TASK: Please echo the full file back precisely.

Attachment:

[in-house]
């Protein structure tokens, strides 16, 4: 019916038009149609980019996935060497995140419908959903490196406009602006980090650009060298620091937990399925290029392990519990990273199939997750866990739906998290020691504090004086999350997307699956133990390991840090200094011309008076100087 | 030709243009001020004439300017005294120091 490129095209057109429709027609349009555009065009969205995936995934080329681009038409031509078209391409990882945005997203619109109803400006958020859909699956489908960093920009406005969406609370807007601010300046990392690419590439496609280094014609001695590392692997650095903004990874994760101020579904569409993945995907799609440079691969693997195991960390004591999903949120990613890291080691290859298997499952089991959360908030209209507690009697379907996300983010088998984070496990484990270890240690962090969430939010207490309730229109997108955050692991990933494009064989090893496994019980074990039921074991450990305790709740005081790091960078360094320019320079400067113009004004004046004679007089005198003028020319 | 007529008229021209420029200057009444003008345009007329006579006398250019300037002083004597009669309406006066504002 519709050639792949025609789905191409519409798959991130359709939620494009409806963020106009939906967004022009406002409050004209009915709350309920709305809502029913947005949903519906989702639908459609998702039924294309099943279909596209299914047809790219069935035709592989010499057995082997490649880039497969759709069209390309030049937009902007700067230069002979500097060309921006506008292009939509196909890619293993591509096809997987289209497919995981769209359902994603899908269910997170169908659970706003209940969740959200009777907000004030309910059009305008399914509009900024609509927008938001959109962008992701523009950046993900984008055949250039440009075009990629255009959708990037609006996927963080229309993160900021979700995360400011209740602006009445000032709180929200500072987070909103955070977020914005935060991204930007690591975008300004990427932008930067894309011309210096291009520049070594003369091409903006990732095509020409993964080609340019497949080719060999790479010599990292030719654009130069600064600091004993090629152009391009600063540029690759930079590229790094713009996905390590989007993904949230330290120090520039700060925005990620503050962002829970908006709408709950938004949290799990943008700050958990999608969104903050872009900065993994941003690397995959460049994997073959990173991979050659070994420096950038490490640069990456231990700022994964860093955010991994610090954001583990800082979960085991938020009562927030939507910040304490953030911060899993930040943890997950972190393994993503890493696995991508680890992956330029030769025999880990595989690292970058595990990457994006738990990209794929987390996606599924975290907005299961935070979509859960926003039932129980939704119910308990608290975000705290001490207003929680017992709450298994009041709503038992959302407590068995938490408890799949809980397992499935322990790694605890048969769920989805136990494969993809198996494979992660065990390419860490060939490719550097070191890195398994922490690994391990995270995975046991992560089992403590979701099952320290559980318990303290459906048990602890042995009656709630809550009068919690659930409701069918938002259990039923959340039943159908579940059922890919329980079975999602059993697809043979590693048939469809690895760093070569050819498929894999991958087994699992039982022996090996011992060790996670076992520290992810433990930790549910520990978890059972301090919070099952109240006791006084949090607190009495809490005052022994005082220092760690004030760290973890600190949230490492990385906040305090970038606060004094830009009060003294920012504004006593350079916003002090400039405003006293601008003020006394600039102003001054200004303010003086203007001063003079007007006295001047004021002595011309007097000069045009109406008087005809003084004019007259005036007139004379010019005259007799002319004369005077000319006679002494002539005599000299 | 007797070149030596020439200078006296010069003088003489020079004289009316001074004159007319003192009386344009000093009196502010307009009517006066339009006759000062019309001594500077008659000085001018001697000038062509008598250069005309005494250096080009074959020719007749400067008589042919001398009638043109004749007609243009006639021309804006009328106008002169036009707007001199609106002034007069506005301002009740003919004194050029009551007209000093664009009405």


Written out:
[in-house]
């Protein structure tokens, strides 16, 4: 019916038009149609980019996935060497995140419908959903490196406009602006980090650009060298620091937990399925290029392990519990990273199939997750866990739906998290020691504090004086999350997307699956133990390991840090200094011309008076100087 | 030709243009001020004439300017005294120091 490129095209057109429709027609349009555009065009969205995936995934080329681009038409031509078209391409990882945005997203619109109803400006958020859909699956489908960093920009406005969406609370807007601010300046990392690419590439496609280094014609001695590392692997650095903004990874994760101020579904569409993945995907799609440079691969693997195991960390004591999903949120990613890291080691290859298997499952089991959360908030209209507690009697379907996300983010088998984070496990484990270890240690962090969430939010207490309730229109997108955050692991990933494009064989090893496994019980074990039921074991450990305790709740005081790091960078360094320019320079400067113009004004004046004679007089005198003028020319 | 007529008229021209420029200057009444003008345009007329006579006398250019300037002083004597009669309406006066504002 519709050639792949025609789905191409519409798959991130359709939620494009409806963020106009939906967004022009406002409050004209009915709350309920709305809502029913947005949903519906989702639908459609998702039924294309099943279909596209299914047809790219069935035709592989010499057995082997490649880039497969759709069209390309030049937009902007700067230069002979500097060309921006506008292009939509196909890619293993591509096809997987289209497919995981769209359902994603899908269910997170169908659970706003209940969740959200009777907000004030309910059009305008399914509009900024609509927008938001959109962008992701523009950046993900984008055949250039440009075009990629255009959708990037609006996927963080229309993160900021979700995360400011209740602006009445000032709180929200500072987070909103955070977020914005935060991204930007690591975008300004990427932008930067894309011309210096291009520049070594003369091409903006990732095509020409993964080609340019497949080719060999790479010599990292030719654009130069600064600091004993090629152009391009600063540029690759930079590229790094713009996905390590989007993904949230330290120090520039700060925005990620503050962002829970908006709408709950938004949290799990943008700050958990999608969104903050872009900065993994941003690397995959460049994997073959990173991979050659070994420096950038490490640069990456231990700022994964860093955010991994610090954001583990800082979960085991938020009562927030939507910040304490953030911060899993930040943890997950972190393994993503890493696995991508680890992956330029030769025999880990595989690292970058595990990457994006738990990209794929987390996606599924975290907005299961935070979509859960926003039932129980939704119910308990608290975000705290001490207003929680017992709450298994009041709503038992959302407590068995938490408890799949809980397992499935322990790694605890048969769920989805136990494969993809198996494979992660065990390419860490060939490719550097070191890195398994922490690994391990995270995975046991992560089992403590979701099952320290559980318990303290459906048990602890042995009656709630809550009068919690659930409701069918938002259990039923959340039943159908579940059922890919329980079975999602059993697809043979590693048939469809690895760093070569050819498929894999991958087994699992039982022996090996011992060790996670076992520290992810433990930790549910520990978890059972301090919070099952109240006791006084949090607190009495809490005052022994005082220092760690004030760290973890600190949230490492990385906040305090970038606060004094830009009060003294920012504004006593350079916003002090400039405003006293601008003020006394600039102003001054200004303010003086203007001063003079007007006295001047004021002595011309007097000069045009109406008087005809003084004019007259005036007139004379010019005259007799002319004369005077000319006679002494002539005599000299 | 007797070149030596020439200078006296010069003088003489020079004289009316001074004159007319003192009386344009000093009196502010307009009517006066339009006759000062019309001594500077008659000085001018001697000038062509008598250069005309005494250096080009074959020719007749400067008589042919001398009638043109004749007609243009006639021309804006009328106008002169036009707007001199609106002034007069506005301002009740003919004194050029009551007209000093664009009405």